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Title: On the science of grasping : modelling grasp affordances in robotics from human analysis
Author: Cotugno, Giuseppe
ISNI:       0000 0004 7427 9059
Awarding Body: King's College London
Current Institution: King's College London (University of London)
Date of Award: 2018
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This thesis investigates the human motion patterns of grasping and approaching, as well as applies the functional features to a robotic grasp a ̇ordances controller. Human grasping has always been seen as a target milestone in robotics; however, it is still di°cult for robots to perform advanced grasping tasks, such as required in an assembly line. For robots to operate in an unstructured environment, it is necessary to focus the attention on performing a speci ̋c action with any available object by grasping it in the most pro ̋cient way. The neuroscienti ̋c application of the theory of a ̇ordances explains how this process happens for humans. This thesis analyses human behaviours of grasping and approaching to grasp when performing an action. This study is needed to understand the common behavioural and morphological factors that in ̨uence the motion planning and selection of grasp postures and grasp a ̇ordances. The main features of motion are statistically analysed and adapted to robotic application. A human inspired approaching and grasping controller is proposed, and the limitations and bene ̋ts of state of the art robotic hands are derived based on human data. The approach of this thesis di ̇ers from the traditional method of studying grasp a ̇ordances. Di ̇erent elements of the problem, such as perception, learning, mo-tor control and intention, are modularly separated in components rather than monolithically aggregated in a single entity. A biologically motivated modular grasp a ̇ordance system can adapt only selected features of human grasping to robotics, leaving out biological elements not needed in robotic applications. The modularity of the system separates cognitive motor decisions from the robot's own embodiment and the geometric properties of the objects, granting more in-dependence from the speci ̋c domain of application.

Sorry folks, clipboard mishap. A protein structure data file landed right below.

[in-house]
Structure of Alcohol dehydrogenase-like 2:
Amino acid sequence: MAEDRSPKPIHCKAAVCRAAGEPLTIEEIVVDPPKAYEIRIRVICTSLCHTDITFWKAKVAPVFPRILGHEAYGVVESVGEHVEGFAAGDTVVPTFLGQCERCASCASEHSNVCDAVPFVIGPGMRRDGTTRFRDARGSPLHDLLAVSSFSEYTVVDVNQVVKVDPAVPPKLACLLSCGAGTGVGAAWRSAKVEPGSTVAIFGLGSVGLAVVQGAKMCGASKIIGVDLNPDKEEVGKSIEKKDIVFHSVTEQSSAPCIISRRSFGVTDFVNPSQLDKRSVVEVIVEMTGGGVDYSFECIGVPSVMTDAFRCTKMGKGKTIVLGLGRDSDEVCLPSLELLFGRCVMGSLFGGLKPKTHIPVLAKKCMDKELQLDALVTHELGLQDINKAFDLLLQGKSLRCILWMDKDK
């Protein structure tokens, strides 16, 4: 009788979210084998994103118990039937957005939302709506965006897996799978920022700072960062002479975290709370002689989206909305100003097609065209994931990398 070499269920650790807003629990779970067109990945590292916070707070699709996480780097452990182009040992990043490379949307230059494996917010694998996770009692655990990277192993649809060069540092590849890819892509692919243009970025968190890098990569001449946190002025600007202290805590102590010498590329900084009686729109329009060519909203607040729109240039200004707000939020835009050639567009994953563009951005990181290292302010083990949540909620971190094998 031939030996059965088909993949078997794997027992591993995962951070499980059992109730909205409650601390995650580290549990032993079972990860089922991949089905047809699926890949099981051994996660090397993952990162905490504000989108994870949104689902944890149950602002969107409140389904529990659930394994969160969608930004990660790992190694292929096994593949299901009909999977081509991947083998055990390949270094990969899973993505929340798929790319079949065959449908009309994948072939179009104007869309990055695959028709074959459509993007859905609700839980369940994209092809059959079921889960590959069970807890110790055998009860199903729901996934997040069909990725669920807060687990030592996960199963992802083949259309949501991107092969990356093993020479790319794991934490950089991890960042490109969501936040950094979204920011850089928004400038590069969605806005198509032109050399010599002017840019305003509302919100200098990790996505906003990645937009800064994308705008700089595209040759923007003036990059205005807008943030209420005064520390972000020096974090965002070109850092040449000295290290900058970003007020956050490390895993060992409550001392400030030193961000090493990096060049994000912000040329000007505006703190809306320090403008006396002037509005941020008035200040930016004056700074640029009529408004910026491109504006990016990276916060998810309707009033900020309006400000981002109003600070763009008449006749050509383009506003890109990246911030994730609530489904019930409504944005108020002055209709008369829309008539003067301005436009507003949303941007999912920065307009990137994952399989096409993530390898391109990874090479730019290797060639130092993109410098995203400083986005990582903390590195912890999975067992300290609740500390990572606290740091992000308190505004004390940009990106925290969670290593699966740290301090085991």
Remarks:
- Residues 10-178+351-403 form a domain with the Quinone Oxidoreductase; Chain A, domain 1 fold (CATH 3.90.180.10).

Supervisor: Sklar, Elizabeth Ida ; Nanayakkara, Thrishantha Sponsor: Not available
Qualification Name: Thesis (Ph.D.) Qualification Level: Doctoral
EThOS ID:  DOI: Not available